“The world is full of good people…if you can’t find one be one.”
The primary definition of the word “compassion” that pops up is: sympathetic pity and concern for the suffering and misfortunes of others. I am sure it is the word pity in that definition that just rubs me wrong. To have pity on someone it seems to me is to be quite one-sided and non-engaged. When scratching a bit deeper in trying to define compassion I came across the root from ecclesiastical Latin: “compati” which means to “suffer with”. Ecclesiastical Latin by the way was something I would mumble every Sunday as an altar boy, talk about suffering.
These days I am left to wonder if I can really feel compassion for another sentient being, and that list of sentient beings would include the planet. If I am not suffering with them then perhaps I am only engaged in what the great Buddhist teacher Pema Chodron has called “idiot compassion”:
“It refers to something we all do a lot of and call it compassion. In some ways, it’s what’s called enabling. It’s the general tendency to give people what they want because you can’t bear to see them suffering. Basically, you’re not giving them what they need. You’re trying to get away from your feeling of I can’t bear to see them suffering. In other words, you’re doing it for yourself. You’re not really doing it for them.”
Recent examples for me that I think square with what Pema is saying here and are not idiot compassion are the feelings and actions triggered when I see someone trip and fall on the street. My rush to help is so immediate and not pre-meditated that I think I may be actually capable of genuine compassion. I am someone who seems to trip and take a good header onto the pavement every couple of months. So I can empathize with the skinned knees but even more so with the embarrassment. This happened in January when walking along Market Street in San Francisco when a women hit the deck right in front of me. I responded by giving this woman what she needed, help up off the pavement.
The key component to “idiot compassion” would be the enabling. Recently helping this woman up from her tumble on Market Street was not enabling her next fall. I genuinely felt empathy for her. That women’s predicament was an easy one to relate to and respond appropriately.
Her fall happened somewhere between 4th and 12th streets along Market the epicenter for the major homeless nightmare that plagues the City. Walking this stretch provides nearly endless opportunities to practice compassion or perhaps slip into idiot compassion and only perpetuate the situation in an attempt to soothe my own soul.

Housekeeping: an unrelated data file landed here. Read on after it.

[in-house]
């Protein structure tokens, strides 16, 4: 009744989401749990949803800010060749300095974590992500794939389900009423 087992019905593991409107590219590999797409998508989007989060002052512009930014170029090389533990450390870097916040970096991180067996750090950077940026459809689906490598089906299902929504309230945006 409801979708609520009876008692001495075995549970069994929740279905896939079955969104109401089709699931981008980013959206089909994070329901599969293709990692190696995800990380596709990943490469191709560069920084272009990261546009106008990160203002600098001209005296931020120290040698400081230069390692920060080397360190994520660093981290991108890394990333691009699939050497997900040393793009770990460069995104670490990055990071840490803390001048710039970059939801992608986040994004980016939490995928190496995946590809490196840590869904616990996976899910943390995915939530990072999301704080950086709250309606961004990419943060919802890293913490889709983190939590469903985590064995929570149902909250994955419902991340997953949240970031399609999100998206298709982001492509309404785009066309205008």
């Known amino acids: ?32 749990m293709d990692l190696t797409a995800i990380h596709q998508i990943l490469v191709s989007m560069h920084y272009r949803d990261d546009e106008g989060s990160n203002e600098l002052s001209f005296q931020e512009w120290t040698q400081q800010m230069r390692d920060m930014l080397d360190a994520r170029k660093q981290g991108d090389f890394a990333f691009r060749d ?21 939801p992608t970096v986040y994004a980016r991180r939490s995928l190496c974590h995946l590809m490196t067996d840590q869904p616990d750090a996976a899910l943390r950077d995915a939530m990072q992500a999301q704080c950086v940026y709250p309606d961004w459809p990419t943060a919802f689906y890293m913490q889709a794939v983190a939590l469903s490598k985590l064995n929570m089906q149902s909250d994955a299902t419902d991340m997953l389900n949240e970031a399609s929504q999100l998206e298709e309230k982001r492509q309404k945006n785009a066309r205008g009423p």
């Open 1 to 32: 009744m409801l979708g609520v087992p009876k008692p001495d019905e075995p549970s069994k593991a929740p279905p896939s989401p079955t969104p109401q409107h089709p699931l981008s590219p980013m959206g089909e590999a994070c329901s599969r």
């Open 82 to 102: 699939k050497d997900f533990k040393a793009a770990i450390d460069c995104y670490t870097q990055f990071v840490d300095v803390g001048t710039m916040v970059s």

It is tricky. Someone may genuinely need a couple bucks for food but does that apply for the next pop of heroin? I did often give change to an older fellow who almost daily panhandles in the late afternoon at the entrance to the Muni Underground at Van Ness. Heroin addicts rarely keep a schedule to say nothing of being on time.
What is a compassionate response to the person addicted? Safe injection sites come to mind. I often find myself recalling the infamous words of Jerry Garcia on the matter of drugs: “people do drugs because they make them feel good”. Is it compassion or idiot compassion to help someone feel good no matter how fleeting?
For me personally it is often helpful to know how to respond or at least advocate for the compassionate response by observing what is clearly not compassion. A recent very glaring example of absolutely no compassion was the stage 4-pancreatic-cancer patient in a hospital in Bolivar Missouri who had to submit to a police search of some of his belongings. This was after some jerk called 911 to report the smell of marijuana coming from his hospital room. Strange since he only used edibles and none of those were even found. Hopefully this was not a nurse or other health care provider who made the call. I am sure if such heartless health care providers exist that there is one of the Tibetan realms of hell reserved for them.
These are such trying times in our country today. Examples of the lack of compassion are legion from border walls to family separation to Muslim bans to the assault on abortion rights to the lack of affordable health care for millions and the untold ramifications around the denial of climate change.
To keep our heads above water though we must realize that the world is really full of good people and if we can’t find one in the moment we can always be one.